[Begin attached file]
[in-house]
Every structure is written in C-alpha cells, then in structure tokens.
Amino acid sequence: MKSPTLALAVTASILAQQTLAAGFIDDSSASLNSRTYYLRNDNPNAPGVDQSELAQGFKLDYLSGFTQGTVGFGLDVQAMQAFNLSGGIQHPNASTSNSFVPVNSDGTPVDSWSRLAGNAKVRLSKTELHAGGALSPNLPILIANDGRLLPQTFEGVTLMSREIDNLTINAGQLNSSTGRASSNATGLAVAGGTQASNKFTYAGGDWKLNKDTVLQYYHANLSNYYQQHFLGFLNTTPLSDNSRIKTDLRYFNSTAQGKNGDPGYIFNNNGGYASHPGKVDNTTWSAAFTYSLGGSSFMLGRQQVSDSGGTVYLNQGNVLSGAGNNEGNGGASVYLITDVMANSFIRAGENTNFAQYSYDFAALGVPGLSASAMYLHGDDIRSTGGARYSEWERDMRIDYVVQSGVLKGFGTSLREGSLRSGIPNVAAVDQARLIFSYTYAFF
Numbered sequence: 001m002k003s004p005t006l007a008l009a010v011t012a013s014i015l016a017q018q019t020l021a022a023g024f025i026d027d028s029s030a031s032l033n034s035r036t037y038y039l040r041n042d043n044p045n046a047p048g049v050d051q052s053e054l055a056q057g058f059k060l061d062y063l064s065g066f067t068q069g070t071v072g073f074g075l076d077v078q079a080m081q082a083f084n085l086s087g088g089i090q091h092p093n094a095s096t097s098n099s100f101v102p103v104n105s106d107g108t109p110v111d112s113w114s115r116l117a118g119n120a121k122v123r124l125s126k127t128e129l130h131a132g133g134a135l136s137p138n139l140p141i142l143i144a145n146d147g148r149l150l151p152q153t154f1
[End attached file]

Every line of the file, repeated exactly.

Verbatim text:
[in-house]
Every structure is written in C-alpha cells, then in structure tokens.
Amino acid sequence: MKSPTLALAVTASILAQQTLAAGFIDDSSASLNSRTYYLRNDNPNAPGVDQSELAQGFKLDYLSGFTQGTVGFGLDVQAMQAFNLSGGIQHPNASTSNSFVPVNSDGTPVDSWSRLAGNAKVRLSKTELHAGGALSPNLPILIANDGRLLPQTFEGVTLMSREIDNLTINAGQLNSSTGRASSNATGLAVAGGTQASNKFTYAGGDWKLNKDTVLQYYHANLSNYYQQHFLGFLNTTPLSDNSRIKTDLRYFNSTAQGKNGDPGYIFNNNGGYASHPGKVDNTTWSAAFTYSLGGSSFMLGRQQVSDSGGTVYLNQGNVLSGAGNNEGNGGASVYLITDVMANSFIRAGENTNFAQYSYDFAALGVPGLSASAMYLHGDDIRSTGGARYSEWERDMRIDYVVQSGVLKGFGTSLREGSLRSGIPNVAAVDQARLIFSYTYAFF
Numbered sequence: 001m002k003s004p005t006l007a008l009a010v011t012a013s014i015l016a017q018q019t020l021a022a023g024f025i026d027d028s029s030a031s032l033n034s035r036t037y038y039l040r041n042d043n044p045n046a047p048g049v050d051q052s053e054l055a056q057g058f059k060l061d062y063l064s065g066f067t068q069g070t071v072g073f074g075l076d077v078q079a080m081q082a083f084n085l086s087g088g089i090q091h092p093n094a095s096t097s098n099s100f101v102p103v104n105s106d107g108t109p110v111d112s113w114s115r116l117a118g119n120a121k122v123r124l125s126k127t128e129l130h131a132g133g134a135l136s137p138n139l140p141i142l143i144a145n146d147g148r149l150l151p152q153t154f1